One of the most difficult things for Western Christians to grasp is the reality of the miraculous, which infuses the whole of the New Testament. We labor, more than we know, under the assumptions of a world that is a closed, empirical system from which God is absent. Rudolf Bultmann, the great 20th-century biblical scholar, stated it clearly: “We cannot use electric lights and radios and, in the event of illness, avail ourselves of modern medical and clinical means and at the same time believe in the spirit and wonder world of the New Testament.”
Claims like this are believed widely today, even by Catholics, but it raises serious issues—primarily, what ought we to do with all the miracles in the New Testament? And if the miraculous is excised from the New Testament, what do we affirm as Christians?
Ben F. Meyer raised a different point in his book The Aims of Jesus (1979), asking whether “persons testifying to miracles are by that very fact shown to be incompetent or dishonest or self-deceived, and this without reference to their credentials or to the particulars of the case but by ineluctable a priori law.” This is an important point, for the first Christians who experienced and professed Jesus’ resurrection, who were observers and performers of miracles, did not bear witness to these events as everyday occurrences but precisely as something out of the ordinary. These acts were understood as signs of God’s divine act of salvation through Jesus Christ, not as party tricks. “If the salvific context is overlooked, the concrete possibility of miracle evaporates,” wrote Meyer. But when we keep in mind the salvific context in which God acted through the life, death and resurrection of Jesus Christ, we have the context in which normal boundaries of human life were shattered on behalf of all humanity. The divine world is opened to us and the miraculous makes a claim on us.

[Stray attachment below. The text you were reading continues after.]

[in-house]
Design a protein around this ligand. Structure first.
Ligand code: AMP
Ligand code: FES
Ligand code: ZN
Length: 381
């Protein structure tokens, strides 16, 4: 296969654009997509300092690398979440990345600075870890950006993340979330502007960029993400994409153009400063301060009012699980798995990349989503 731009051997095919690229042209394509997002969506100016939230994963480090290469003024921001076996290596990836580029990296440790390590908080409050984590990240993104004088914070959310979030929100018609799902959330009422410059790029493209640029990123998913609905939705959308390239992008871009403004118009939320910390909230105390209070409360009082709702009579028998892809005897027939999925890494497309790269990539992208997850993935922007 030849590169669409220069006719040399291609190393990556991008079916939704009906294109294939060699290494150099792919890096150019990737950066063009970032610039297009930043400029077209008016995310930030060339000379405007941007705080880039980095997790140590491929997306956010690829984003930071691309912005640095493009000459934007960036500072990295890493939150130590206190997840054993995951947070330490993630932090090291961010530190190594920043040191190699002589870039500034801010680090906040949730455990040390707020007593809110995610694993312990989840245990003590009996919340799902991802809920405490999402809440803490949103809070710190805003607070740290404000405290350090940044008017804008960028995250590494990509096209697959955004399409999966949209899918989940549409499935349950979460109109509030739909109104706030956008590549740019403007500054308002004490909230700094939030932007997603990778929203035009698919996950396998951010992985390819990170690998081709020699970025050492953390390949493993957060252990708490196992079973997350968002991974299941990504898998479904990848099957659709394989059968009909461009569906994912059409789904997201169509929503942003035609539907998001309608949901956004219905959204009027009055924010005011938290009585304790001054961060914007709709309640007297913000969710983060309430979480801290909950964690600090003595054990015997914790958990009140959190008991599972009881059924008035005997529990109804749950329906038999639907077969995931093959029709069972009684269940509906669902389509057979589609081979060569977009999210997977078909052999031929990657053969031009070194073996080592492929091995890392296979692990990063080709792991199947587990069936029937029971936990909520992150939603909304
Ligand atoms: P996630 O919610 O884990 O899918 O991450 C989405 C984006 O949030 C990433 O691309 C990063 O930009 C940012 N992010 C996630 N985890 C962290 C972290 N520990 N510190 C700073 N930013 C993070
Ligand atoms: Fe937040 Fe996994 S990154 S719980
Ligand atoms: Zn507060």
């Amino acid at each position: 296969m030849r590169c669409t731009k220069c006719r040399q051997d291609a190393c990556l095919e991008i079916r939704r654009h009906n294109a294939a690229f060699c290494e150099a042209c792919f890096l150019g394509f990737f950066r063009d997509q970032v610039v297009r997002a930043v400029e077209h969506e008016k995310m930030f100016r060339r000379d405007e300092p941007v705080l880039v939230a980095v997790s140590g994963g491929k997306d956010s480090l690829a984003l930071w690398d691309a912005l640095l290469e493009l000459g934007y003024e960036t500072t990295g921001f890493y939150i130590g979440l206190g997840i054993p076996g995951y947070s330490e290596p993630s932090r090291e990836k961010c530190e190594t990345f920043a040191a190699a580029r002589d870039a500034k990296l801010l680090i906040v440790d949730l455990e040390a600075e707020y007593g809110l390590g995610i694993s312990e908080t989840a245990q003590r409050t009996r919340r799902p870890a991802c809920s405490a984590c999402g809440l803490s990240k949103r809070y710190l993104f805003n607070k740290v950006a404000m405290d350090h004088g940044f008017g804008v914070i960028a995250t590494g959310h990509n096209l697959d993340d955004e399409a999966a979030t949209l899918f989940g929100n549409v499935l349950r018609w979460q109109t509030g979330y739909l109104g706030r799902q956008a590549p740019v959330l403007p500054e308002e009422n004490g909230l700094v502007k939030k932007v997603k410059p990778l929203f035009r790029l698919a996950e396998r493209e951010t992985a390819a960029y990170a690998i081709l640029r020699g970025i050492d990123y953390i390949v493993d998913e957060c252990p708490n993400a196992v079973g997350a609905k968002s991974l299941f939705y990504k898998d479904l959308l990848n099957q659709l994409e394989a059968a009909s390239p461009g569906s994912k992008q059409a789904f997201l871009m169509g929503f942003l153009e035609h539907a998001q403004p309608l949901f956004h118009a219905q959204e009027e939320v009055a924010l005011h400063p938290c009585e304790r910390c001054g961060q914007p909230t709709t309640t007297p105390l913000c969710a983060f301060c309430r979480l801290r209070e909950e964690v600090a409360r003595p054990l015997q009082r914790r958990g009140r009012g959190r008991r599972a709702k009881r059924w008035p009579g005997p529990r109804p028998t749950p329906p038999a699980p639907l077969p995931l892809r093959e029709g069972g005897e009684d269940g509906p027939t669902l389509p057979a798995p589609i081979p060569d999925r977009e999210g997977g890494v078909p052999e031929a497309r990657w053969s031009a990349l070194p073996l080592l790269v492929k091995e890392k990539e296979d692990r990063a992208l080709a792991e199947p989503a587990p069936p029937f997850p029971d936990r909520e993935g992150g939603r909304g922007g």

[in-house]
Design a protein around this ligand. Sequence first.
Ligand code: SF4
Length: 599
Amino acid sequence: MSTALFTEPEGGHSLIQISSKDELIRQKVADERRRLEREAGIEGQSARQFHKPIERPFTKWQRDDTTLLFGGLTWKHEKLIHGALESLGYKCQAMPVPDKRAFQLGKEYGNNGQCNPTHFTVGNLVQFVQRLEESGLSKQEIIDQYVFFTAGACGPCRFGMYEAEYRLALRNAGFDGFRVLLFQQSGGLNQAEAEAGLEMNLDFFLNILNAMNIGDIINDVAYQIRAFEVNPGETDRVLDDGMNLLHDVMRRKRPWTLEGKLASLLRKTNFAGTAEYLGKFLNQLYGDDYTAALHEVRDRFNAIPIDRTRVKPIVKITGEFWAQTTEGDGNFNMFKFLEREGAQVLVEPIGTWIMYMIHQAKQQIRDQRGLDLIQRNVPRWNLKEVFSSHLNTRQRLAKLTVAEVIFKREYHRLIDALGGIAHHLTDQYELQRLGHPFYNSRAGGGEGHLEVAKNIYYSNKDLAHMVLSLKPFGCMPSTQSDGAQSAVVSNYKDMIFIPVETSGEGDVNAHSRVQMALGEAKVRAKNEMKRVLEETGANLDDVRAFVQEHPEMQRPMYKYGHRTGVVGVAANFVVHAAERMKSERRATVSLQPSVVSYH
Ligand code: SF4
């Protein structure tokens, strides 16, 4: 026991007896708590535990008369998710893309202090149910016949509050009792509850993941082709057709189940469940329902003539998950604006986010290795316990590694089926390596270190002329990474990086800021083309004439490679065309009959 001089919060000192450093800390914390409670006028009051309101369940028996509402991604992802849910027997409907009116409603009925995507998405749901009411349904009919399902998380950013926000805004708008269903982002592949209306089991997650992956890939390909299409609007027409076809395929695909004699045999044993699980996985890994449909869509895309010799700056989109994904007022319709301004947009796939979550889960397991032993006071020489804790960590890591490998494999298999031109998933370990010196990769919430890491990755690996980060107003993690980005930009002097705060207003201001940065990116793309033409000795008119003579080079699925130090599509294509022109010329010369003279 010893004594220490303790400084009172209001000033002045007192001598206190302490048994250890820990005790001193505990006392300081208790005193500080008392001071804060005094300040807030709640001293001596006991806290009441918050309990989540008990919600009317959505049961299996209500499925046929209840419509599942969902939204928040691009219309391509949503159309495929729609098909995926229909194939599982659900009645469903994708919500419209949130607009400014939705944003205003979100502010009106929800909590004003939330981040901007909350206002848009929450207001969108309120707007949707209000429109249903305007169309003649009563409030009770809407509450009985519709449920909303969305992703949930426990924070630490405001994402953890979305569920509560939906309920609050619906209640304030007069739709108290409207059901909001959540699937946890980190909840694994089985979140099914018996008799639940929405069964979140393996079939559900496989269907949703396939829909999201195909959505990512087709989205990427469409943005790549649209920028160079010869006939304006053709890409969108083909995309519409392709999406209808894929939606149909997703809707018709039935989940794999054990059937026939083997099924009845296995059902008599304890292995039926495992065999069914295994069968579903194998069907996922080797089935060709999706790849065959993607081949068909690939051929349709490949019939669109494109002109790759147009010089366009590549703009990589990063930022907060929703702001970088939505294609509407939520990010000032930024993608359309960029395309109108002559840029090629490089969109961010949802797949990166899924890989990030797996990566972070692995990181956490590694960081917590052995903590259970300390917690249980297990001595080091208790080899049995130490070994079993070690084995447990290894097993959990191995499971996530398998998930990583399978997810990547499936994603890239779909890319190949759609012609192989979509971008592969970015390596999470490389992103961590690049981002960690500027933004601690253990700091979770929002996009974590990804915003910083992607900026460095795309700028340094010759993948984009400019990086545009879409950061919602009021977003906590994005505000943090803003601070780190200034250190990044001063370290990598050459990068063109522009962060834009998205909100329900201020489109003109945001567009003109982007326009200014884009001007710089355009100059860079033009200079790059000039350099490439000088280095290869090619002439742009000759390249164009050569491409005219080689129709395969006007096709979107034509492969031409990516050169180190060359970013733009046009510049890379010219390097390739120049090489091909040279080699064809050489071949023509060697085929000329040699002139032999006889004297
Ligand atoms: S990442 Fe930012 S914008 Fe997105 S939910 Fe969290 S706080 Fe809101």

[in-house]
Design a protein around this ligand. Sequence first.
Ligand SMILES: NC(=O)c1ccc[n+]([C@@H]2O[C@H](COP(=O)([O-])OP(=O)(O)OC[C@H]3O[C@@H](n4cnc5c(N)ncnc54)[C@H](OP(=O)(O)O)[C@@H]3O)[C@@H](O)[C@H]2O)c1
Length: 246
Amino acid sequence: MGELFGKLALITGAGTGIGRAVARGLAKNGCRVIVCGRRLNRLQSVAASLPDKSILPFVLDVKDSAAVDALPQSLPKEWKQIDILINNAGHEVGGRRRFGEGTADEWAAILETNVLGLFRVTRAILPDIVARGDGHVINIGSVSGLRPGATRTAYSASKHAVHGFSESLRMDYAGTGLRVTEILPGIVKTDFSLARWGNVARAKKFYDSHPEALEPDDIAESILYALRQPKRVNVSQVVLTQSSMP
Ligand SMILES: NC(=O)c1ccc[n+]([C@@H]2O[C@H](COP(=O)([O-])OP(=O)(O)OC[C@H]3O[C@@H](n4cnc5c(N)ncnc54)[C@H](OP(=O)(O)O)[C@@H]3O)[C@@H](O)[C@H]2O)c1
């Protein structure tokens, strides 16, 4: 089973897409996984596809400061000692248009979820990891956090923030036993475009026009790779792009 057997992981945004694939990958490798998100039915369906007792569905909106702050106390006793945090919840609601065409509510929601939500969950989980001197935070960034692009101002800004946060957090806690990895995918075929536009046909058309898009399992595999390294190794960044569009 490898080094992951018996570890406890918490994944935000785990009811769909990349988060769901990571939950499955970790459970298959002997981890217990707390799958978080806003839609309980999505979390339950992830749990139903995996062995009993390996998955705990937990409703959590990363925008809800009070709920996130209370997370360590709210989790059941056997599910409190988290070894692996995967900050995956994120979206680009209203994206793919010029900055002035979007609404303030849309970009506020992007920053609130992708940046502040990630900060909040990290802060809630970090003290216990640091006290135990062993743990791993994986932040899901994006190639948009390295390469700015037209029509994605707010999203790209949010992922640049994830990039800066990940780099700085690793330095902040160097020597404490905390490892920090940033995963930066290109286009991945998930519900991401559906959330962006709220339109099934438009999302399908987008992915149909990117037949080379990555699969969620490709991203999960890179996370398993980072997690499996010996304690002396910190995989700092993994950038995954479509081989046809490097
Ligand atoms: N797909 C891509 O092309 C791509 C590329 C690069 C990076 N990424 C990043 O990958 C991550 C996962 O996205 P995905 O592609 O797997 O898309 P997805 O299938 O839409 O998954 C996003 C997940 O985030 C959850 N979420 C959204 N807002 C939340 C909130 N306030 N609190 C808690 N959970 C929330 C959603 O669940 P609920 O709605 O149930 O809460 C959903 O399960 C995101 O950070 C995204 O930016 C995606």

Bultmann’s claim is false, not just because today many people have made their peace with light bulbs and miracles, robotic surgery and Peter’s shadow healing the sick, but because it is false even in the ancient context.
The apostle Thomas’s technology, oil lamps and papyrus, was superior to that which came before, but less advanced than what Bultmann knew and what we have today. It was not Thomas’s technology, better than that of the Bronze Age, that kept him from believing Jesus had been raised from the dead; it was his unwillingness to believe that God would act in such a way to bring about salvation. Technology is a red herring for a world closed off from the divine presence. Even in the first century, Thomas wanted empirical proof: “Unless I see the mark of the nails in his hands and put my finger into the nailmarks and put my hand into his side, I will not believe.”
Jesus appeared to him and to the others, passing through locked doors and otherwise breaking down the barriers between spirit and matter, saying to Thomas, “Put your finger here and see my hands, and bring your hand and put it into my side, and do not be unbelieving, but believe.”
Thomas did not touch the risen Lord; but upon seeing him a light bulb, or oil lamp, went off in his head and he said, “My Lord and my God!” Jesus had not broken through the technology of his day, but through the boundaries Thomas had placed on God’s saving actions.
The very point of the Incarnation is that something new has broken in on humanity, that a world we are tempted to see as closed, with God absent or indifferent, has been shocked open by God’s love for us. Miracles are not intended to titillate or amuse us; they are signs to demonstrate God’s care for us. Those who witnessed them passed them on so that we might believe, even though, or especially because, we have not seen the empirical proofs.